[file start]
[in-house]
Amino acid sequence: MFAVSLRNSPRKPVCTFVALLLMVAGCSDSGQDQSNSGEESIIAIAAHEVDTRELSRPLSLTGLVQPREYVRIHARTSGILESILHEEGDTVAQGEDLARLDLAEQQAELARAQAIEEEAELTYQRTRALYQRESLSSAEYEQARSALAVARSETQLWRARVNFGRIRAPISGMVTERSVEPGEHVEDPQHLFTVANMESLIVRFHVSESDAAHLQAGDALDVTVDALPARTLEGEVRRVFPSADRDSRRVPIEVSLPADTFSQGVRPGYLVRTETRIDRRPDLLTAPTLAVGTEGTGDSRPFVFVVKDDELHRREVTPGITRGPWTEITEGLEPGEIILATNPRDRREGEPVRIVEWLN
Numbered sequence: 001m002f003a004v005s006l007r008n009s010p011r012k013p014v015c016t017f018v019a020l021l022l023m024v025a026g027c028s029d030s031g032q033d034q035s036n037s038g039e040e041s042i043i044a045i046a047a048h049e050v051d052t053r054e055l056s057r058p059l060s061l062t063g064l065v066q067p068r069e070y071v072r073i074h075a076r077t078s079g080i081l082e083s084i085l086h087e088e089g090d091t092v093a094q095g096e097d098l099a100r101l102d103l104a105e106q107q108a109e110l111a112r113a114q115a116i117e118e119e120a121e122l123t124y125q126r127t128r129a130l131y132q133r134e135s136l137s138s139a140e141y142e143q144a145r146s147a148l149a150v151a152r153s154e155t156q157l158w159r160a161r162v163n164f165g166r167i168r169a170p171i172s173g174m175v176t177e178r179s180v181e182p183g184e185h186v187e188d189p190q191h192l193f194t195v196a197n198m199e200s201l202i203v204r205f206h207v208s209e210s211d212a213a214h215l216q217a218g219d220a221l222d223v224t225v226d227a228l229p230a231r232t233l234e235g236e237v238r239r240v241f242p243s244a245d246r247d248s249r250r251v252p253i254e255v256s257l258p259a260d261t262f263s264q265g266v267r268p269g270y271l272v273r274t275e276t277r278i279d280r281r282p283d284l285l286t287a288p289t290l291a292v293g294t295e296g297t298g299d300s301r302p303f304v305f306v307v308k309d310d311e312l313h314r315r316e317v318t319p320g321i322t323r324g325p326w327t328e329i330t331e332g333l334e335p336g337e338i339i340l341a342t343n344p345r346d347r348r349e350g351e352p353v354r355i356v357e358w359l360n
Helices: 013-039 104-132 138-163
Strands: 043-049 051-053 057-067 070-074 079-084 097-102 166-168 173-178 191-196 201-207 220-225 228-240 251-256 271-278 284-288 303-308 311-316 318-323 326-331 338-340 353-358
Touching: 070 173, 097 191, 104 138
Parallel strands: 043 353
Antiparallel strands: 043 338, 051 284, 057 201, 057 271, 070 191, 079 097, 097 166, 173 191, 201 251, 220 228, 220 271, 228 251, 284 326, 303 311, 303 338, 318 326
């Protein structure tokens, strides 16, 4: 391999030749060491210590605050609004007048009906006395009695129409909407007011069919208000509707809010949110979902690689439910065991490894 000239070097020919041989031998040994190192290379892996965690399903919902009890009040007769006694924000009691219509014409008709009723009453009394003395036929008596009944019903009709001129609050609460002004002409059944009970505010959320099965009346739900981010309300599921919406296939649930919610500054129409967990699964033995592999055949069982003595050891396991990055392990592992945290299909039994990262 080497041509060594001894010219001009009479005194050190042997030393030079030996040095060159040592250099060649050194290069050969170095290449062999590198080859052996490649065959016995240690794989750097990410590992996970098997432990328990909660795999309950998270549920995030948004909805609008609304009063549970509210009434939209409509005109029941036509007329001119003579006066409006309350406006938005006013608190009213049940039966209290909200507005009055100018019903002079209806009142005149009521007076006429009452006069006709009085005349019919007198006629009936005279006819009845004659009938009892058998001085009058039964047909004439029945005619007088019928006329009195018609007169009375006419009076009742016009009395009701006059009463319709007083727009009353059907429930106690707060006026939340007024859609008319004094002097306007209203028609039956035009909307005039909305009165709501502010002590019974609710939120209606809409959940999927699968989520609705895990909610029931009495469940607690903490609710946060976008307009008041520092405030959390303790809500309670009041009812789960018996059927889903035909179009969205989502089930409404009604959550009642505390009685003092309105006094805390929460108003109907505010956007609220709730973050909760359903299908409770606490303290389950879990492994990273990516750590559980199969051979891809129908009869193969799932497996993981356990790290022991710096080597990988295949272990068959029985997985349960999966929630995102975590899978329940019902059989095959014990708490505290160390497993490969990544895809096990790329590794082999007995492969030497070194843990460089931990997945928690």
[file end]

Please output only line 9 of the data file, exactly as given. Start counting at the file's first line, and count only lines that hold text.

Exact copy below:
């Protein structure tokens, strides 16, 4: 391999030749060491210590605050609004007048009906006395009695129409909407007011069919208000509707809010949110979902690689439910065991490894 000239070097020919041989031998040994190192290379892996965690399903919902009890009040007769006694924000009691219509014409008709009723009453009394003395036929008596009944019903009709001129609050609460002004002409059944009970505010959320099965009346739900981010309300599921919406296939649930919610500054129409967990699964033995592999055949069982003595050891396991990055392990592992945290299909039994990262 080497041509060594001894010219001009009479005194050190042997030393030079030996040095060159040592250099060649050194290069050969170095290449062999590198080859052996490649065959016995240690794989750097990410590992996970098997432990328990909660795999309950998270549920995030948004909805609008609304009063549970509210009434939209409509005109029941036509007329001119003579006066409006309350406006938005006013608190009213049940039966209290909200507005009055100018019903002079209806009142005149009521007076006429009452006069006709009085005349019919007198006629009936005279006819009845004659009938009892058998001085009058039964047909004439029945005619007088019928006329009195018609007169009375006419009076009742016009009395009701006059009463319709007083727009009353059907429930106690707060006026939340007024859609008319004094002097306007209203028609039956035009909307005039909305009165709501502010002590019974609710939120209606809409959940999927699968989520609705895990909610029931009495469940607690903490609710946060976008307009008041520092405030959390303790809500309670009041009812789960018996059927889903035909179009969205989502089930409404009604959550009642505390009685003092309105006094805390929460108003109907505010956007609220709730973050909760359903299908409770606490303290389950879990492994990273990516750590559980199969051979891809129908009869193969799932497996993981356990790290022991710096080597990988295949272990068959029985997985349960999966929630995102975590899978329940019902059989095959014990708490505290160390497993490969990544895809096990790329590794082999007995492969030497070194843990460089931990997945928690």